In the NYRB there was a striking article by David Cole on how the right for free speech is not enough. What I thought remarkable among many things he said is it was Roosevelt who was a rare public advocate for the state working proactively to make sure this free speech reached everyone. FDR was the one president we've had in history who had the strength, power, will and vision to set up the legacy that ever since has been whittled away and now is about to be defunded: I am sorry to say it's a locked one:

The refusal to fund public transportation isolates people. This Trump regime is not going to rebuild the infrastructure but give a bonanza of tax breaks to companies with no effective demand they build roads, railroads, public transportation systems. It's been shown again and again the promises Trump gets from companies to hire people in the US and build factories here are never fulfilled.

Public transportation doesn't exist in much of the country. Last night I had ahelluva time getting into DC to see an HD screening of a play from the National Theater. Pinters No Man's Land. Actually it was enigmatic and not as it should have been overtly political: only than what you saw would make sense. Many in the audience sat there like the people watching the emperor with no clothes -- or maybe there was no such outer perspective.  But it took me well over an hour each way because of "single tracking" trains. No money put into the Metro for years and now they are desperately fixing what is dangerous. You are told find some other way to 'get there.' Carpool. Right.  Take a cab.  Right.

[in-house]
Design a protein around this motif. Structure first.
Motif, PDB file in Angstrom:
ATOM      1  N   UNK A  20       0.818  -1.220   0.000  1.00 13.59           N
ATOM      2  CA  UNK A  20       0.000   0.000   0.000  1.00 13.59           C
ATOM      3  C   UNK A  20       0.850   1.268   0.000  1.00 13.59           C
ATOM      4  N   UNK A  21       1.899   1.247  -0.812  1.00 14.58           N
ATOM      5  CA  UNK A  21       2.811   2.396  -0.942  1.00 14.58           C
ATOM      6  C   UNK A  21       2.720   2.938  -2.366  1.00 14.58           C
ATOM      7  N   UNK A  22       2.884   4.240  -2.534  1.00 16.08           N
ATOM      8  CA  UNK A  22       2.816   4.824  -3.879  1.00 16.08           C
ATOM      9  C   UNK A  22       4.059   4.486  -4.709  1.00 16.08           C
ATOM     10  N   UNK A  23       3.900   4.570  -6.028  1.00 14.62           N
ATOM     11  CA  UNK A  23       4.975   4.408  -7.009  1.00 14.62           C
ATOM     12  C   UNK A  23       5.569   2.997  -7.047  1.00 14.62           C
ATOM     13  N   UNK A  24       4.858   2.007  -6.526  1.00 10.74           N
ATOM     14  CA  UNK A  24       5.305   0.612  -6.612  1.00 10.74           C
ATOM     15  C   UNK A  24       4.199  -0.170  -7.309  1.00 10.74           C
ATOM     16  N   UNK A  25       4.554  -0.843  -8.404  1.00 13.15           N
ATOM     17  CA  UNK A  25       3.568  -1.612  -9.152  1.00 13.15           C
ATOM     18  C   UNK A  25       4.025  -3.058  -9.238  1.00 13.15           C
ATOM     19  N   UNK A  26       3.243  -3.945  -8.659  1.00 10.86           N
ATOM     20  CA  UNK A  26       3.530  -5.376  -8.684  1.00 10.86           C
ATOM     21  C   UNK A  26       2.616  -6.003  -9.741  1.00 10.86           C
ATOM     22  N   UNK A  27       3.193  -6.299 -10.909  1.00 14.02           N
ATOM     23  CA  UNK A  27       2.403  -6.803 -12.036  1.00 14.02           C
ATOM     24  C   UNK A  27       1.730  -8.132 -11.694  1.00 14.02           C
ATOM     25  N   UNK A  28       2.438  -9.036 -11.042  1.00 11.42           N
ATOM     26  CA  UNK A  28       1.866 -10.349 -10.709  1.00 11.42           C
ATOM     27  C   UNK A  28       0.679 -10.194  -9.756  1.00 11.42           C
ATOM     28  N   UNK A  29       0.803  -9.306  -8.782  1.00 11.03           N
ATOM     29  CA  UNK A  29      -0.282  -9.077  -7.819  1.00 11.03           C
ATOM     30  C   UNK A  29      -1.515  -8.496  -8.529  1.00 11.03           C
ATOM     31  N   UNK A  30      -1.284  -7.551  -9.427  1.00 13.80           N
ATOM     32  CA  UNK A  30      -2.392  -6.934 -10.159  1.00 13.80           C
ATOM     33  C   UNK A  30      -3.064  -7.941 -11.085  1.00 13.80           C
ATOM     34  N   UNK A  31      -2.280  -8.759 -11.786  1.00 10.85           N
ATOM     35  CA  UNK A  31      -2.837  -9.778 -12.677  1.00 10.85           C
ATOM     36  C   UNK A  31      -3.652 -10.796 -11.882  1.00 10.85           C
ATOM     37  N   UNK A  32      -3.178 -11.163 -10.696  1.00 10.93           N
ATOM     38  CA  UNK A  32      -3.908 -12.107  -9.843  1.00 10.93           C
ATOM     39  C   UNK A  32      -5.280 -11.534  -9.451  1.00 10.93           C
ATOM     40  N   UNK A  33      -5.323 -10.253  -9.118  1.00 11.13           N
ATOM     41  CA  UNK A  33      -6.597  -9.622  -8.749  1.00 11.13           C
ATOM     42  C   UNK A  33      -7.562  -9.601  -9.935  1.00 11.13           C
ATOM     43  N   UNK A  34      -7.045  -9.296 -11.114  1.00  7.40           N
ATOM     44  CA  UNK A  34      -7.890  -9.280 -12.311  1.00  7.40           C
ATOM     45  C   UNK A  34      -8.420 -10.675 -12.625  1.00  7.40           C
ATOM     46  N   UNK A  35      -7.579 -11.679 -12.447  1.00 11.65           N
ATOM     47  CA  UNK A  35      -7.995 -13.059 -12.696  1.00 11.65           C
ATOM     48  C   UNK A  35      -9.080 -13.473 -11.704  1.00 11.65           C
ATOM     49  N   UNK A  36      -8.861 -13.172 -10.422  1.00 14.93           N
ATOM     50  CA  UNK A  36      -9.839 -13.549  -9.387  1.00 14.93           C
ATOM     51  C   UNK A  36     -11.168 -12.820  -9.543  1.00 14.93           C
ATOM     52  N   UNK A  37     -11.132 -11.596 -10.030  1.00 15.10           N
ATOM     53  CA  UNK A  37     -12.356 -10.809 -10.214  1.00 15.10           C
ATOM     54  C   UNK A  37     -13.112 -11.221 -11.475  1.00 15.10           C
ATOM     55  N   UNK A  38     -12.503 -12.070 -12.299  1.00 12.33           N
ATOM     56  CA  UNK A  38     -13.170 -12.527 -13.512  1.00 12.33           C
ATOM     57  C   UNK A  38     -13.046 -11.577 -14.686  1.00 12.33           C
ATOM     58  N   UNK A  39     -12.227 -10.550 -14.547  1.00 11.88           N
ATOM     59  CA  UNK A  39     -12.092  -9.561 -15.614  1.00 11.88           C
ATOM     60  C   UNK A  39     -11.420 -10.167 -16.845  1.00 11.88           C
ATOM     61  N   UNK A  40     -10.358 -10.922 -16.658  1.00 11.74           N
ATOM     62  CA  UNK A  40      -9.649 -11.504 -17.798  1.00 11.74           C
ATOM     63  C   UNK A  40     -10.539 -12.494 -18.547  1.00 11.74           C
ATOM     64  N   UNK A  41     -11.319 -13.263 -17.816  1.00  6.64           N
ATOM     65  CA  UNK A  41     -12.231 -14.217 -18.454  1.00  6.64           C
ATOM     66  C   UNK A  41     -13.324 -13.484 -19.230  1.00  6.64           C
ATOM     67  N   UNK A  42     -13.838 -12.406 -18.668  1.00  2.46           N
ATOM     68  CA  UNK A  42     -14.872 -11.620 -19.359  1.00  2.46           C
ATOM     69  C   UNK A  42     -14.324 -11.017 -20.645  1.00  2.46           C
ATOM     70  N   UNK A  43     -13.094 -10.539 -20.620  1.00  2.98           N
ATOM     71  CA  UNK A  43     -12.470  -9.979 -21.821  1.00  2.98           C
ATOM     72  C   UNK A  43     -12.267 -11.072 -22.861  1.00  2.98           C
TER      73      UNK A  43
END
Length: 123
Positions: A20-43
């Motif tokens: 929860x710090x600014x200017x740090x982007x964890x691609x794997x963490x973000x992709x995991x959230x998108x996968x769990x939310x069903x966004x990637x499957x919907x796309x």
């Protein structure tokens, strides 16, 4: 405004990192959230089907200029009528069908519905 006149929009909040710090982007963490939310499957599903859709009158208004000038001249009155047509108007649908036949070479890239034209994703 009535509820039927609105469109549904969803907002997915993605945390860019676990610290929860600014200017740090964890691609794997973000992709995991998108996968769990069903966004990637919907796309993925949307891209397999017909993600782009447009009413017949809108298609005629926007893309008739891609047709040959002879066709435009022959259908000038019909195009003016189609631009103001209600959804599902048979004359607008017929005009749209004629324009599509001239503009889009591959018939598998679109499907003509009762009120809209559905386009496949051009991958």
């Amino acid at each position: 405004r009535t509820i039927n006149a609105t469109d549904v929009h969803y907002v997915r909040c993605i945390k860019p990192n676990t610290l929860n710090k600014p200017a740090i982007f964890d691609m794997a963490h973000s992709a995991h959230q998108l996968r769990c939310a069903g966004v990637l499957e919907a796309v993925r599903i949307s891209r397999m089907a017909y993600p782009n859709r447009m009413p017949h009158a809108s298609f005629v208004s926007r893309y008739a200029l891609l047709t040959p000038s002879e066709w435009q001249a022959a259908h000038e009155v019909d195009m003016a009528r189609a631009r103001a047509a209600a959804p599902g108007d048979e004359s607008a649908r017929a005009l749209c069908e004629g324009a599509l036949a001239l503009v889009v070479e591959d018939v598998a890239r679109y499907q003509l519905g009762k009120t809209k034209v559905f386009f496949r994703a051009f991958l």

Into the Woods -- Blake out of Dante

In the NYRB books an essay by the usually un-alarmist Elizabeth Drew and she was alarmed. At the end she suggests despite the obvious set of cogent aims at regulations, any social program paid for by taxes, and deep racism of Trump and his regime's agenda, he is also mentally crazy, either with some kind of dementia (the limited vocabulary) or emotional disorder. Next to it was a long letter from college presidents to Trump against his immigration policy as wreaking havoc centrally on US education in colleges. These people are trains scholars, potentially productive people as students, the progams to be destroy (NEA) are important helps. The two together show a whole way of life is to be destroyed. I suppose this is what Hitler successfully attempted until he lost WW2.

Lastly the great irony that it is the average person paying another  15% towards social security across the US who is funding much of this fascist regime: